Lawyers have to handle some tough cases. They have to persevere even when the odds are slim that their clients will prevail.
So the last two rocky years at the Charleston School of Law might prove ironically helpful to students, who have seen their alma mater dig in against what many faculty members, alumni and even Mayor Joe Riley were convinced was a toxic takeover of the school by InfiLaw, a Florida-based for-profit system of law schools.
Last week, the law school announced that Georgetown lawyer Ed Bell will take over as president and managing partner of the law school. InfiLaw is out of the picture.
The contractual details have not all been released, but alumni and the school’s administration say they are delighted that Mr. Bell intends to pursue the school’s original goal of preparing lawyers to direct their practices “for the good of the people.”
He is committed to making the School of Law a nonprofit school as soon as it is possible to do so. Doing that will encourage people and businesses to give tax-deductible scholarship money to the school, allowing students to avoid accruing such heavy debt loads.
Mr. Bell also will continue the law school’s partnership with the College of Charleston to offer a dual MBA/JD degree program, and will put his energy behind ensuring that students receive excellent instruction.
There might still be jurisprudence lessons to learn from the school’s situation. It is unclear what will happen in breach of contract lawsuits filed against the school by two professors who were among seven laid off in May, and another lawsuit filed recently by two current employees claiming the school threatened the faculty into supporting the InfiLaw transaction.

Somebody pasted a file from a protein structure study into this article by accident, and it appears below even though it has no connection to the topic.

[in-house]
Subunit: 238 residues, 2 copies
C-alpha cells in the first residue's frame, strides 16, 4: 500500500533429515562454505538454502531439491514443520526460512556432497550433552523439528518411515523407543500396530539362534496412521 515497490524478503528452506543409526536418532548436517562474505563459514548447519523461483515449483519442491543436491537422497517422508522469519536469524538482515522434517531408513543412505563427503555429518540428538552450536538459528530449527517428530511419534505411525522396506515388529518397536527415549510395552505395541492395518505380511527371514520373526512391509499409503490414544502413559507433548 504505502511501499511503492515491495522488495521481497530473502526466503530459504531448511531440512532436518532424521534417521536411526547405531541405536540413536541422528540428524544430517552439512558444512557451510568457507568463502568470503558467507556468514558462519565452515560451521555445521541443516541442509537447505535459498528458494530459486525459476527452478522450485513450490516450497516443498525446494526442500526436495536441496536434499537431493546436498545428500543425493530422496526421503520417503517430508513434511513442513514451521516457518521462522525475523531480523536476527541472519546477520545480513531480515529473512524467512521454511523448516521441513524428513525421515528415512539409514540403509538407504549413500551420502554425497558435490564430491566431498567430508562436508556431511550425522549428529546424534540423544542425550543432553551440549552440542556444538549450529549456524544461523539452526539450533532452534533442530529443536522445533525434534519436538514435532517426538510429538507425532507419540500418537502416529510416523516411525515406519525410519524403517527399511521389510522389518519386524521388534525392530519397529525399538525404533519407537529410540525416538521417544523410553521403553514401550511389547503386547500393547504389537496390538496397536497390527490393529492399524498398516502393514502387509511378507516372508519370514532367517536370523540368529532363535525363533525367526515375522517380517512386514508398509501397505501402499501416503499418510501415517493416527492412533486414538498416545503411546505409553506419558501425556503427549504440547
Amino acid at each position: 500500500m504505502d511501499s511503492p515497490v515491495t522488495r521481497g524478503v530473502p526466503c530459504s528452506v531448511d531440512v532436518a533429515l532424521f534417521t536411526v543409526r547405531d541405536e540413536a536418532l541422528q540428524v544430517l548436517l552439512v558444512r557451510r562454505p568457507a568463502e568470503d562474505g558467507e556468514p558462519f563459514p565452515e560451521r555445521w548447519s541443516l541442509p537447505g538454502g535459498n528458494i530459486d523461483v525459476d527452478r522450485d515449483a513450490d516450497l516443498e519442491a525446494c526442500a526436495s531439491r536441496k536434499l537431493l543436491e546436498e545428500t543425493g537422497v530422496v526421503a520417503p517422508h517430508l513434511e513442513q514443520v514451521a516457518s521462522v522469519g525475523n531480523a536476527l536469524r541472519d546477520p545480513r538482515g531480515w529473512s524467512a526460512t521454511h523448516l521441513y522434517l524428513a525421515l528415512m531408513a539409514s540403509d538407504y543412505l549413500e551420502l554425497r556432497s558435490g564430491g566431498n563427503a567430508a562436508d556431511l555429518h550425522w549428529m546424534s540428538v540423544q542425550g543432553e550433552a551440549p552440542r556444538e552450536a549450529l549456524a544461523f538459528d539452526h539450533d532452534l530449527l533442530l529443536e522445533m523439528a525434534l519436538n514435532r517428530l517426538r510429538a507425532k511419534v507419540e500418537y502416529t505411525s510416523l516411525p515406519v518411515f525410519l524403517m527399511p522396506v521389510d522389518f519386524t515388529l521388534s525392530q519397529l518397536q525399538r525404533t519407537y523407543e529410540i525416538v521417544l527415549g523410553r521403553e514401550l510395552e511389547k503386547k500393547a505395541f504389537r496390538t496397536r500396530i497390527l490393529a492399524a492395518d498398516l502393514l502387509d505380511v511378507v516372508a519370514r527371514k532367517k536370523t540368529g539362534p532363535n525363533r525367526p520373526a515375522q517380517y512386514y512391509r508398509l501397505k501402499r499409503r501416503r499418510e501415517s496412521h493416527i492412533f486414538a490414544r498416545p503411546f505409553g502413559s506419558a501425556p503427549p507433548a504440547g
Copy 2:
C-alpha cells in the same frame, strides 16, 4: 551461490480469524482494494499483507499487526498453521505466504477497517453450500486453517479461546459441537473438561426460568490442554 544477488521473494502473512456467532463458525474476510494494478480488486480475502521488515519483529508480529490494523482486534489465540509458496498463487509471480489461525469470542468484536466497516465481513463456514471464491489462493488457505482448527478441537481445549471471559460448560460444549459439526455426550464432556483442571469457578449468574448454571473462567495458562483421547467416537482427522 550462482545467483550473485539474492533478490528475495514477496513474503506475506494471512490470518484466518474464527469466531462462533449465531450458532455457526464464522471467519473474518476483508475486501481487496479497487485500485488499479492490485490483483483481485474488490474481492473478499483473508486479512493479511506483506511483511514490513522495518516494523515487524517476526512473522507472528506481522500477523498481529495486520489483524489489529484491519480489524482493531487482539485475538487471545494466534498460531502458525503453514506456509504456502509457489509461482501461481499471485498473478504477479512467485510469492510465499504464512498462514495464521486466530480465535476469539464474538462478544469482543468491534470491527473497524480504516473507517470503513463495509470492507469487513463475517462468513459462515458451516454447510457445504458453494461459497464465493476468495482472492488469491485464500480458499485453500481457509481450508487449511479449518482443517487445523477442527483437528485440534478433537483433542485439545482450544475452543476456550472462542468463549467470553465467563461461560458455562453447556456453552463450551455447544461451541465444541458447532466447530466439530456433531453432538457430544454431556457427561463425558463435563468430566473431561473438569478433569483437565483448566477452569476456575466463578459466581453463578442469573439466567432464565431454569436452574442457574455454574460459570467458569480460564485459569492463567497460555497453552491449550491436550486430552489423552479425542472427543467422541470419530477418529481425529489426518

Mr. Bell is known as a very skilled lawyer. Perhaps he can find a way to make those lawsuits go away, along with InfiLaw.
Watching Mr. Bell’s next moves on behalf of the School of Law — including moving the school from for-profit to non-profit will be educational in themselves.
The Charleston School of Law, founded in 2003, has played a productive role in the legal community and the community at large. As the region works to attract high-tech industry and jobs, it is important to have successful institutions of higher education.
The school began with five founders. Former judge and College of Charleston president Alex Sanders and former USC School of Law associate dean Ralph McCullough left in 2013 with retirement pay loaned to the college by InfiLaw. Ed Westbrook, one of the school’s largest financial supporters who opposed the InfiLaw deal, decided to donate his interest in the school to charity and resign as a director.
Robert Carr and George Kosko, the main proponents for selling to InfiLaw, remain as co-owners. They have said they welcome Mr. Bell (who will be paid $1 a year) and the financial support, vision and stability that he will provide the school.
Former dean and former president Andy Abrams said he is “absolutely ecstatic” over Mr. Bell’s decision. Local attorney John Robinson, who is president of the school’s alumni board, called the new managing partner a “white knight” who will put the school back on track.
The community, too, should be pleased and relieved to know that this commendable institution now has another opportunity to remain so.